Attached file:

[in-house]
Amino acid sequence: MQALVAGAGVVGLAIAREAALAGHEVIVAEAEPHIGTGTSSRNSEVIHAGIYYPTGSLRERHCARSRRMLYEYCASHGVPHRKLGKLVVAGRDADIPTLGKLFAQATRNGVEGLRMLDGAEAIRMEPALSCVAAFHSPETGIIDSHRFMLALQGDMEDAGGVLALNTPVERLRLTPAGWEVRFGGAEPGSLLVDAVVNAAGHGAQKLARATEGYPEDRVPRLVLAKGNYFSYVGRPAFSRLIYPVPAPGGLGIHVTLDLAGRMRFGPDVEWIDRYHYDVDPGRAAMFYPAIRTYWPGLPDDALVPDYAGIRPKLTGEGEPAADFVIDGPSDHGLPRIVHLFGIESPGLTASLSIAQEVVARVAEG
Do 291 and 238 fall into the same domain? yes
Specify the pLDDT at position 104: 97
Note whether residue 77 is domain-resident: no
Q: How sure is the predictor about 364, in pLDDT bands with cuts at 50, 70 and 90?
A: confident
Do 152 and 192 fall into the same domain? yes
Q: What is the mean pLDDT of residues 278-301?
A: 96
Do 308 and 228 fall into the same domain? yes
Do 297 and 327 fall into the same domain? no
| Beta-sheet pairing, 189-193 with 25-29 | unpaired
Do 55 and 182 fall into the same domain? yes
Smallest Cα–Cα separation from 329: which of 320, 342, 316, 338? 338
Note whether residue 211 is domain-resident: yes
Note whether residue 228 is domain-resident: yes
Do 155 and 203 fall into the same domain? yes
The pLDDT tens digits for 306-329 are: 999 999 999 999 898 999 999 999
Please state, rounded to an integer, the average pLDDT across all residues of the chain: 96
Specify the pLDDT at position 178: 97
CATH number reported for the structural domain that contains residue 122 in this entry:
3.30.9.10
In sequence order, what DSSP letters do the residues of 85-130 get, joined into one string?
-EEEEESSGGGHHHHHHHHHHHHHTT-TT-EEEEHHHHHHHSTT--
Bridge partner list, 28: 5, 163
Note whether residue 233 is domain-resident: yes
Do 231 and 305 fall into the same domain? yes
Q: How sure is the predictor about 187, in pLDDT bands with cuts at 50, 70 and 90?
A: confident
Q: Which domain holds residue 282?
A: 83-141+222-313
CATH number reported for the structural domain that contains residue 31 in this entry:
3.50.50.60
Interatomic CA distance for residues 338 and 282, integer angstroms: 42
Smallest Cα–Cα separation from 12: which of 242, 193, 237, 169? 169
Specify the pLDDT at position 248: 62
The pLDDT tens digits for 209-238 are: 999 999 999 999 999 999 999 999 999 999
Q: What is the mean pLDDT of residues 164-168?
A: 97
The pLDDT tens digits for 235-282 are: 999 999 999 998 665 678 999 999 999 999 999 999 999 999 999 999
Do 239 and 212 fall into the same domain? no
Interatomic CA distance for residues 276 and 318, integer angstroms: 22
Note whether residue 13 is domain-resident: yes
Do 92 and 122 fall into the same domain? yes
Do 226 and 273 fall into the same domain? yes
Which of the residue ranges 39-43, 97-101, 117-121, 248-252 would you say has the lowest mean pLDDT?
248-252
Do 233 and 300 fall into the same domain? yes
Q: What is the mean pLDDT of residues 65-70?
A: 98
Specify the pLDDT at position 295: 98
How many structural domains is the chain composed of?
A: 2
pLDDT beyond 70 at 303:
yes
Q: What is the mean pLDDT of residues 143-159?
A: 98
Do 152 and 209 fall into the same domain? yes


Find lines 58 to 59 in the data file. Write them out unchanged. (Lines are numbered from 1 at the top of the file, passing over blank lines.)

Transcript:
A: 98
Do 152 and 209 fall into the same domain? yes